The IRS will no longer require password changes every 60 days for public-facing portals and is now enforcing a minimum length of 14 characters, moves that align the tax agency with National Institute of Standards and Technology guidelines and are intended to improve efficiencies.
In guidance shared with Scoop News Group that was issued Monday, the IRS’s Office of Safeguards noted that these changes would match agency protocols with the best practices detailed in NIST SP 800-63B, a document titled “Digital Identity Guidelines: Authentication and Lifecycle Management.”
The Office of Safeguards noted that these password changes were “different from traditional guidance.”
“Most notably: complexity requirements do not apply, and passwords should not be changed periodically,” the IRS guidance stated. “Additionally, the guidelines for maintaining a list that contains values such as passwords commonly-used, expected, or compromised has changed.”
According to the office of Sen. Ron Wyden, the Oregon Democrat prodded the agency to implement these changes following a tip from his state’s Department of Human Services. Oregon DHS told Wyden staffers on Jan. 8 that the federal cybersecurity rules that the IRS had been following were hindering the agency’s updates to its Supplemental Nutrition Assistance Program website, making it tougher for state residents to apply for the benefits.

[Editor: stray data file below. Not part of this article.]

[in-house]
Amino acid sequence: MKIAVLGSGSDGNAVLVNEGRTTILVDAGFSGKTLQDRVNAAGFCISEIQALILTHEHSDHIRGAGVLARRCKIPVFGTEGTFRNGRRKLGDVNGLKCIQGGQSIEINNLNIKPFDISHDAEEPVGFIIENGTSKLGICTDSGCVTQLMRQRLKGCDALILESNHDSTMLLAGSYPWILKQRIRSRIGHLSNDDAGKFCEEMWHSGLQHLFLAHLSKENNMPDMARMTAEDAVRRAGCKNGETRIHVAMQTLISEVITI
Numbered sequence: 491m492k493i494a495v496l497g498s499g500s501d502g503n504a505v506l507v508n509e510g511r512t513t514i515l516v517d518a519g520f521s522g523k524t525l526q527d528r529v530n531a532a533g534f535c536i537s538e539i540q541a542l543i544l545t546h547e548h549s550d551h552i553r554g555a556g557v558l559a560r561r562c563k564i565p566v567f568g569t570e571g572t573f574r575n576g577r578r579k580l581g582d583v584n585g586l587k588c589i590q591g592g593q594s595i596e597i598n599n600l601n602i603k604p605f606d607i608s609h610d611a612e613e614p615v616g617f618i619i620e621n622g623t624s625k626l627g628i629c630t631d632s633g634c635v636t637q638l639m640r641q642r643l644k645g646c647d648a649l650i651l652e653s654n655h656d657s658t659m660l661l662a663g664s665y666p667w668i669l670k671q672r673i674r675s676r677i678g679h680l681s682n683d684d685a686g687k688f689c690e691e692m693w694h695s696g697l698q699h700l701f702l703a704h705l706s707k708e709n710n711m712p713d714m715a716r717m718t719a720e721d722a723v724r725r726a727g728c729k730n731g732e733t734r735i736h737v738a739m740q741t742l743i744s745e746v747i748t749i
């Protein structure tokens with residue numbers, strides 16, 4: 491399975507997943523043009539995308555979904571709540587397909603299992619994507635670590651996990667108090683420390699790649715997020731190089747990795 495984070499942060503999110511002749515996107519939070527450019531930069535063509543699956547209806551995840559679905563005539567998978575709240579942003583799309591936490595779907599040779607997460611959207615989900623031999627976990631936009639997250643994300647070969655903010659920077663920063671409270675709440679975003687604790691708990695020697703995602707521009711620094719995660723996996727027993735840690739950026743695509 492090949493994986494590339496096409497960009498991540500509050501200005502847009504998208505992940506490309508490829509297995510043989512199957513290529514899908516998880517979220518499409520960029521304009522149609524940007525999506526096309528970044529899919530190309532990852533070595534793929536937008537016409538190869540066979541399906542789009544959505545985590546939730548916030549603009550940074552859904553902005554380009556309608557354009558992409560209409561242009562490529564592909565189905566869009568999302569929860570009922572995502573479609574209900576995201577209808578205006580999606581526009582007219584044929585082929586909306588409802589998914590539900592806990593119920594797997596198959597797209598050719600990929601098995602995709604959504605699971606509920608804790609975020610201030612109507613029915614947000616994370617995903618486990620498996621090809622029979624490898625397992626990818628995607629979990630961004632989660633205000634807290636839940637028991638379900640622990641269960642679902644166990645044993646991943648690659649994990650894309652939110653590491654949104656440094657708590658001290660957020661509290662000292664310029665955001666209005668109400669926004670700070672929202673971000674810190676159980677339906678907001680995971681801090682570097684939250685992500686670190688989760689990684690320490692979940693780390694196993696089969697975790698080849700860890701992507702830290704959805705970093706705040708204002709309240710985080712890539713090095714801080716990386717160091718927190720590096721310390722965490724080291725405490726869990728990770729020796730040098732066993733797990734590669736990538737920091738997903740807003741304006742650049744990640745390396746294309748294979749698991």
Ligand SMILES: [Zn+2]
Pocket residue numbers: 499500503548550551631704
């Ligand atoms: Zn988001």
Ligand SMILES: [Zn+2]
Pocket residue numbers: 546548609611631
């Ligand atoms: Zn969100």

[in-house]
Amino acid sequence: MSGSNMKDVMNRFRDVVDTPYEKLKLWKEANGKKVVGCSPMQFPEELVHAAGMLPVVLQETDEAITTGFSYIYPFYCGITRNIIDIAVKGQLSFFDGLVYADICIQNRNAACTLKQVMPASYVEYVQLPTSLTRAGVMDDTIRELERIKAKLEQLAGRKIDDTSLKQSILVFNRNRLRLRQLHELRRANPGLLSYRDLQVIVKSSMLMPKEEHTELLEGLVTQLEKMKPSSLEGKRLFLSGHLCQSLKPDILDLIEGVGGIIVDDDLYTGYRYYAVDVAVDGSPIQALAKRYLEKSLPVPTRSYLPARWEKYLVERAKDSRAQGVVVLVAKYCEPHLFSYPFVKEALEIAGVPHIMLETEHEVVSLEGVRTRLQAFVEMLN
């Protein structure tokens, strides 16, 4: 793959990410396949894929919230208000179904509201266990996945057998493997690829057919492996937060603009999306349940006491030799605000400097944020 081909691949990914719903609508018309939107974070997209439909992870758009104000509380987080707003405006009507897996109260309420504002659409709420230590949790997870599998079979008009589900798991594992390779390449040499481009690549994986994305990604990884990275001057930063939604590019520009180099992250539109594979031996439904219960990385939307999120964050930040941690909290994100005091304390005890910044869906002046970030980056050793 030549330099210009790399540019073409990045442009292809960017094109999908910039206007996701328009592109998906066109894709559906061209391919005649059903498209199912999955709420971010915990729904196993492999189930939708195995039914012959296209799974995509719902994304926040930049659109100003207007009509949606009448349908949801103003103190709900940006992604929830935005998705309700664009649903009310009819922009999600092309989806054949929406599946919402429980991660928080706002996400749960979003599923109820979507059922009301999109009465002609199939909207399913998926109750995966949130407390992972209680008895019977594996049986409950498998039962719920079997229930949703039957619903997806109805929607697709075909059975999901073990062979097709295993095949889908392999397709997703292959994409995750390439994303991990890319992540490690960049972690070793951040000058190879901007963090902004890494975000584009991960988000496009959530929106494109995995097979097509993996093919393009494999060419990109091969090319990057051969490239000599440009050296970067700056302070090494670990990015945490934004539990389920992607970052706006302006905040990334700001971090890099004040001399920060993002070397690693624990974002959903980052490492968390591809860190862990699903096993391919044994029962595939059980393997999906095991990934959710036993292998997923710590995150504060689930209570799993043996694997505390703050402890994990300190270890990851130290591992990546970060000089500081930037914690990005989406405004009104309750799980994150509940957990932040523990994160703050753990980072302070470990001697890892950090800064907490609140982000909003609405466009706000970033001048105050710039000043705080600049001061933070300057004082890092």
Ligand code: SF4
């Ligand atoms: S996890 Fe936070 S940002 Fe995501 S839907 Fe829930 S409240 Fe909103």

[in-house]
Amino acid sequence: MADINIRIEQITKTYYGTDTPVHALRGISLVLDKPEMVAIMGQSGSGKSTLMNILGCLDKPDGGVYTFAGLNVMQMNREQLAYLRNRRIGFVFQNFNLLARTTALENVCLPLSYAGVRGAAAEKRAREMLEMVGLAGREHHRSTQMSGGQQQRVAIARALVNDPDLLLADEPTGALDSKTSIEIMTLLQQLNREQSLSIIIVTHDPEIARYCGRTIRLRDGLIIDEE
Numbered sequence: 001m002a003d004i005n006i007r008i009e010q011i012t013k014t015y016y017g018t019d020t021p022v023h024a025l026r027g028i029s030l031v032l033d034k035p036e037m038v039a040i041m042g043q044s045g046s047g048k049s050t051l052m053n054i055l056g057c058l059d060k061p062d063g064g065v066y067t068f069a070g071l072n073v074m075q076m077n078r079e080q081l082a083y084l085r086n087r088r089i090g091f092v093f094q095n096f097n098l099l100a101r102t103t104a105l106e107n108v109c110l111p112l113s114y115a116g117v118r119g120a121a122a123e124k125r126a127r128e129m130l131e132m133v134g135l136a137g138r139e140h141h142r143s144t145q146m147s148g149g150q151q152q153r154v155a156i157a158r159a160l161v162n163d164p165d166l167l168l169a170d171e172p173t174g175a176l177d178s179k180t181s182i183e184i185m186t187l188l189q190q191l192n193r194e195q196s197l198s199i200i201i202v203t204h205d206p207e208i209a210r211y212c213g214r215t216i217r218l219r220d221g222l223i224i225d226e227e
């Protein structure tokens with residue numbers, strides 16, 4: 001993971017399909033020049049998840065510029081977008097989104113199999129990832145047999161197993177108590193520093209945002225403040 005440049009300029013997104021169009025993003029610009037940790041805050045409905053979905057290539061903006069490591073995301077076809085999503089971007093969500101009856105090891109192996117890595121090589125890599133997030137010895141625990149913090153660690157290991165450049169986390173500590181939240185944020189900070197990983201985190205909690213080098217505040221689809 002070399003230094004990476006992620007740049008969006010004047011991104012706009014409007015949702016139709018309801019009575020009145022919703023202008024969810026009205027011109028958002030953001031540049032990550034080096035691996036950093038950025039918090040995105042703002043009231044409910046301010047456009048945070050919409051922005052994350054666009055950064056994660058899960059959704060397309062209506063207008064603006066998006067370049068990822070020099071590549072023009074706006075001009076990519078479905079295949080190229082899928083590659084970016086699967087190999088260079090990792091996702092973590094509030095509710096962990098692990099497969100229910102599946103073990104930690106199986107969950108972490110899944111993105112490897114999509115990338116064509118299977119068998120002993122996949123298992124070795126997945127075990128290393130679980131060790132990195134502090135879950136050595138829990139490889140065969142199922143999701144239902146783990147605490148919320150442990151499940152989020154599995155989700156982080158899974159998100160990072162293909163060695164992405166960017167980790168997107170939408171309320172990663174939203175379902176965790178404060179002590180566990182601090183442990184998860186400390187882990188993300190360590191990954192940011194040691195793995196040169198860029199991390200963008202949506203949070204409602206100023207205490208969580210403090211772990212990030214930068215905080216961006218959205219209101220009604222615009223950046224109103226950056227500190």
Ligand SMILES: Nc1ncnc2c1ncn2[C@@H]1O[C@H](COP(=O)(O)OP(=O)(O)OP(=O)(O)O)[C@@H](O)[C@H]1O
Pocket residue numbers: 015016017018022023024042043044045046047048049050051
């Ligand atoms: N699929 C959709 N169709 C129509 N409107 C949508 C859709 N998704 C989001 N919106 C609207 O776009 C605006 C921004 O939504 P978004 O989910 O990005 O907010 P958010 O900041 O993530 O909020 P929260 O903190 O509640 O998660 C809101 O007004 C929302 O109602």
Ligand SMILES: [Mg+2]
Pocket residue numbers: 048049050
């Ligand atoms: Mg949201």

Wyden’s office said that it reached out to the IRS later that day and urged the agency to update its password protocols.
“Every American deserves government services that are accessible, simple, and secure,” Wyden said in a statement to Scoop News Group. “I’m glad that the IRS fixed its outdated password policies to align with federal cybersecurity standards, following discussions with my office. I remain committed to pushing all agencies to adopt modern cybersecurity best practices to make Americans’ data more secure, improve their experience with government websites, and uphold their dignity.”
The Office of Safeguards noted in its guidance that these “mitigating requirements do not eliminate risk associated with non-compliance, [and] findings may still be issued if these mitigations are in place.” The agency also signaled to staff that additional changes can be expected in the future.
“Ultimately, agencies should move towards a Zero Trust Architecture (ZTA),” the guidance stated. “As such, agencies should plan and begin to implement multifactor authentication (MFA), ideally, phishing resistant, for all system components at the application layer, not just at the network layer or for initial network access. This may be facilitated through the implementation of single sign on (SSO) technology.”